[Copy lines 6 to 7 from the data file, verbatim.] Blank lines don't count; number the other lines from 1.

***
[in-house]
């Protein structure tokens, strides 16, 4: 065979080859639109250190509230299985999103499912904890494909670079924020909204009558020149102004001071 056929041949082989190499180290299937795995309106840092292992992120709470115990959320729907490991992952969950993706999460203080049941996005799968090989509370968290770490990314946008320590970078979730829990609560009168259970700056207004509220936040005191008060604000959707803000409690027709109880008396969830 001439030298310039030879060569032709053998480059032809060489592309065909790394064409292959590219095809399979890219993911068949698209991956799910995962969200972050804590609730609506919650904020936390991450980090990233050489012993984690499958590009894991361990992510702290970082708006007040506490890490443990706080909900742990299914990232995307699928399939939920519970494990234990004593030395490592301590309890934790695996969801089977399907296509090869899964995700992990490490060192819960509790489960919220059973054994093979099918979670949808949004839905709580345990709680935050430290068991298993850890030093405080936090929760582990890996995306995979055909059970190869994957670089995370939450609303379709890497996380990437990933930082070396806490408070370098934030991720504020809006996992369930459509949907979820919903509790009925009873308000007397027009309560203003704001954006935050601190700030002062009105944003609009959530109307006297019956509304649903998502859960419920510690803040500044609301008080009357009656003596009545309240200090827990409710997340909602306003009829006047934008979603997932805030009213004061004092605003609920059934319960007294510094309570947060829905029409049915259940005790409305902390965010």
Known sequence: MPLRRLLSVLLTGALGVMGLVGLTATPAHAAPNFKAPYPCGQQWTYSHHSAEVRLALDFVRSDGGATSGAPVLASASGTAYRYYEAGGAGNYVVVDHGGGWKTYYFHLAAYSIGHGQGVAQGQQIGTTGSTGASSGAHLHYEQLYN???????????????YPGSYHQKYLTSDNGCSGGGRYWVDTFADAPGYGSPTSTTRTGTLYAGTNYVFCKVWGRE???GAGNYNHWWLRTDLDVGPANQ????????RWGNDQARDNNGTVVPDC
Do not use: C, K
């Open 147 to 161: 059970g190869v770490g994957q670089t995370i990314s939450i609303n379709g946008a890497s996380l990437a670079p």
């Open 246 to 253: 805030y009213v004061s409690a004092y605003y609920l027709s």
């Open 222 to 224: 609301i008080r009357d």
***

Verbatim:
């Open 246 to 253: 805030y009213v004061s409690a004092y605003y609920l027709s």
């Open 222 to 224: 609301i008080r009357d």